I also wonder why haven’t I seen a single stitch of knitting during these two days. Coincidence? Doesn’t it belong in the category textiles? Doesn’t it lend itself to art? And why do I feel drawn to making useful stuff instead of art?

Some of the things at the Weerribben Textile Festival have raised question marks. Some have made me smile or feel inspired. Others have evoked feelings of nostalgia. Some have even upset me, and I think that’s all good. Because isn’t that what art is all about – uplifting and challenging us?

Well, after this philosophizing let’s end on a light-hearted note, with whimsical collection by Erna Platel, using tins, maps, bits of ribbon and lace, buttons and other haberdashery:

The Weerribben Textile Festival will be held again in 2024. Check out the website for more information.

Textile Cycle Tours 1

Hello!

Every other year a textile festival is held on our doorstep and I’d never been. High time to rectify that, so this year I gave myself two whole days to cycle the two tours plotted by the organisation. Textile art was displayed in 18 indoor and outdoor locations in and around the Weerribben nature reserve.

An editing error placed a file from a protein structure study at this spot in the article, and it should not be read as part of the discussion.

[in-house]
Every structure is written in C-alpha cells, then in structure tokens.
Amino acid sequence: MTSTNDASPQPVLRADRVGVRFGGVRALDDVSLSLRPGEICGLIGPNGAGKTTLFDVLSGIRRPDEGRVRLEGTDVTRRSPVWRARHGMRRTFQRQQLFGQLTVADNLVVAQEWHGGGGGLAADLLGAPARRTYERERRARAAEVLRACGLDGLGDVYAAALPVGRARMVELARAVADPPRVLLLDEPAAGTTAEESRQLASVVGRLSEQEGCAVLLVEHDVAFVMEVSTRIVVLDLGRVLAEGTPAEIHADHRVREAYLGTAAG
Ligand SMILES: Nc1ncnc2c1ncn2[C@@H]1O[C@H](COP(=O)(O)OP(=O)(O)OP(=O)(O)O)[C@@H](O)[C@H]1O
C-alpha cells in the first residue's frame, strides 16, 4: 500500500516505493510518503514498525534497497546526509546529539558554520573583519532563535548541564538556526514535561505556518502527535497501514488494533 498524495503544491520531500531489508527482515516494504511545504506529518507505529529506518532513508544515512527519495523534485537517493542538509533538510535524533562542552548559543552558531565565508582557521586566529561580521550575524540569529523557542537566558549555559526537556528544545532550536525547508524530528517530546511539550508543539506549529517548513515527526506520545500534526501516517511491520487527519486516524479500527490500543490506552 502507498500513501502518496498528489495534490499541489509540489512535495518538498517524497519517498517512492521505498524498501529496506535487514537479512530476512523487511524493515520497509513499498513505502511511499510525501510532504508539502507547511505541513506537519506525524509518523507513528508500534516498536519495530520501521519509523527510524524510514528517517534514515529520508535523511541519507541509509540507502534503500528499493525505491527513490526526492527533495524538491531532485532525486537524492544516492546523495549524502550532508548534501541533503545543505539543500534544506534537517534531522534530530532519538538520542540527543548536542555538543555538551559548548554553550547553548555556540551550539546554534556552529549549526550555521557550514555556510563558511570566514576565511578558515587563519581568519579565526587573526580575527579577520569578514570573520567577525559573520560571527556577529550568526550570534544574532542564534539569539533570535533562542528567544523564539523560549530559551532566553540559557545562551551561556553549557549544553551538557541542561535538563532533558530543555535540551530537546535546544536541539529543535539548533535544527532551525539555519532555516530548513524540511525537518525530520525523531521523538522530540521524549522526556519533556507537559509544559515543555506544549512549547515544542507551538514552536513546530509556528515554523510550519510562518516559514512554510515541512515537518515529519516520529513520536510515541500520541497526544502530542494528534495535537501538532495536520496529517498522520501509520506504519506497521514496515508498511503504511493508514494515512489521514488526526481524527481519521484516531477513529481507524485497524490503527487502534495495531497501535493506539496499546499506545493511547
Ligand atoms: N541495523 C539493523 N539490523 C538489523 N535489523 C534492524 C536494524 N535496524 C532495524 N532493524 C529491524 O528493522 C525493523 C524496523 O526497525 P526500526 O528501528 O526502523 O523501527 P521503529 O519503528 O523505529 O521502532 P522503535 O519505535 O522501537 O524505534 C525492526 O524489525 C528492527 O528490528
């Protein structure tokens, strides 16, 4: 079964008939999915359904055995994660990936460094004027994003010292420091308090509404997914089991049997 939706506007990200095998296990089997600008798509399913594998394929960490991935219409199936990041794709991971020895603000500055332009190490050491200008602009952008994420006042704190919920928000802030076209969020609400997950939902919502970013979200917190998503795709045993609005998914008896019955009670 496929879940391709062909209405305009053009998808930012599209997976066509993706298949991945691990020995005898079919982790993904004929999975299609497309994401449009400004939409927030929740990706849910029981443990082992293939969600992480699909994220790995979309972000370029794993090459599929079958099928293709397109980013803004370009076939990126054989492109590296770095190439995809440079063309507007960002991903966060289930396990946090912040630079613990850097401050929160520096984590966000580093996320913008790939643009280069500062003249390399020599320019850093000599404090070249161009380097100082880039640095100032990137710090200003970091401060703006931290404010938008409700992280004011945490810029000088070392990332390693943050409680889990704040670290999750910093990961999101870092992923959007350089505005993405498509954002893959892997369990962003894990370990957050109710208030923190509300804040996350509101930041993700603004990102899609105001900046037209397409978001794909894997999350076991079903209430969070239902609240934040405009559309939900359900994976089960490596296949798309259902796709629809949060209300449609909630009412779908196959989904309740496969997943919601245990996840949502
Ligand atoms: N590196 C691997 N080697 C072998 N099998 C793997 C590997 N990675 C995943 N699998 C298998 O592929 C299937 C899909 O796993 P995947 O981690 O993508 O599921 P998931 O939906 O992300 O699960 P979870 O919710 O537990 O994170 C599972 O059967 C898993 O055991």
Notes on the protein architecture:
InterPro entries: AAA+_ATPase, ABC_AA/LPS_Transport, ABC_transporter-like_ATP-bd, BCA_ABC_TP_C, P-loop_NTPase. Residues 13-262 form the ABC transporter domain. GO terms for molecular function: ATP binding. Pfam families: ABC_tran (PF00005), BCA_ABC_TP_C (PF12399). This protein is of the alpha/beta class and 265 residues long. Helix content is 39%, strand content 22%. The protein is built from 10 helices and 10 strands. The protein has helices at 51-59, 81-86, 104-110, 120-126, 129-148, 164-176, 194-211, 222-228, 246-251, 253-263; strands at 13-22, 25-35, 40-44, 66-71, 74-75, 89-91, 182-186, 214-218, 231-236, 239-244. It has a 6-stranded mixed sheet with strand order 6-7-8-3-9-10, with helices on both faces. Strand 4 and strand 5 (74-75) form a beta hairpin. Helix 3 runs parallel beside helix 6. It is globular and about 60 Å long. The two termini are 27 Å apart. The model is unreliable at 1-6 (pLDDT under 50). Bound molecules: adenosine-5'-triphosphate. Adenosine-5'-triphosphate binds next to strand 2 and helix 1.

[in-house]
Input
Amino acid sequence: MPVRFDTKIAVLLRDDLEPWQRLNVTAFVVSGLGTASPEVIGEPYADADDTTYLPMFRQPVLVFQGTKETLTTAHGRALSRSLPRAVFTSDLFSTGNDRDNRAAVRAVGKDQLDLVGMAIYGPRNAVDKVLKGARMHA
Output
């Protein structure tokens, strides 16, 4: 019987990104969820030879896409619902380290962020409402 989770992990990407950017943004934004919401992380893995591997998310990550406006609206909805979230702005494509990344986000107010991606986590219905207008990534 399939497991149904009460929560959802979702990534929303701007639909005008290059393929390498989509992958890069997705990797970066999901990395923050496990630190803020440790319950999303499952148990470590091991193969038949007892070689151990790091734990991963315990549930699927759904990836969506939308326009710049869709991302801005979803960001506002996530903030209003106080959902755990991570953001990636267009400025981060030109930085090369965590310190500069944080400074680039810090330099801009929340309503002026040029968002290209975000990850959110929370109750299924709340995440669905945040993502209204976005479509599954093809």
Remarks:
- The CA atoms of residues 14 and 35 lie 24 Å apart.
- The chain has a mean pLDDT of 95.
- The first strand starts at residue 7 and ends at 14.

Here is my impression of the first day, the route through the peat bog part of the area. From the literally hundreds of pictures I’ve taken, I’ve chosen exhibits that have a strong link with these watery surroundings, although they are by artists from all over the country.

Take these ferns by Rineke van Zeeburg – don’t they look as if they grow here naturally?

Monique Aubertijn made shapes from hessian using crochet and embroidery. Displayed in this location, the ones below look like fish traps from a fantasy film scene.

The same artist who made the big fern leaves from rough hessian, also makes exquisite art quilts. To the left ‘Poisonous Frog’ and to the right ‘Dragonfly’.

She told me that she dyes all fabrics herself. The longer I looked, the more I saw. Dragonflies inside the dragonflies, and machine embroidery that gives the impression of veins on the dragonfly wings and of water droplets around them.

These quilts look very much at home here, where many different kinds of dragonflies flit among the water lilies.

Along the water and opposite a campsite, there’s a strange pillar in shades of rust and blue.

The sign next to it says ‘Roadside Book’. Margriet van Vliet (no website) has created a fascinating object from many of those face masks carelessly dropped along the roadsides in recent years.

To get from A to B I’ve decide to deviate from the official route and follow the ‘100-bridges-cycle-track’ (as I’m secretly calling it) instead. There are not exactly 100 bridges to cross, but there are many.

Halfway along it is a perfect lunch spot. In the reed bed right behind the bench: the song of a reed warbler. In the distance: cuckoo, cuckoo.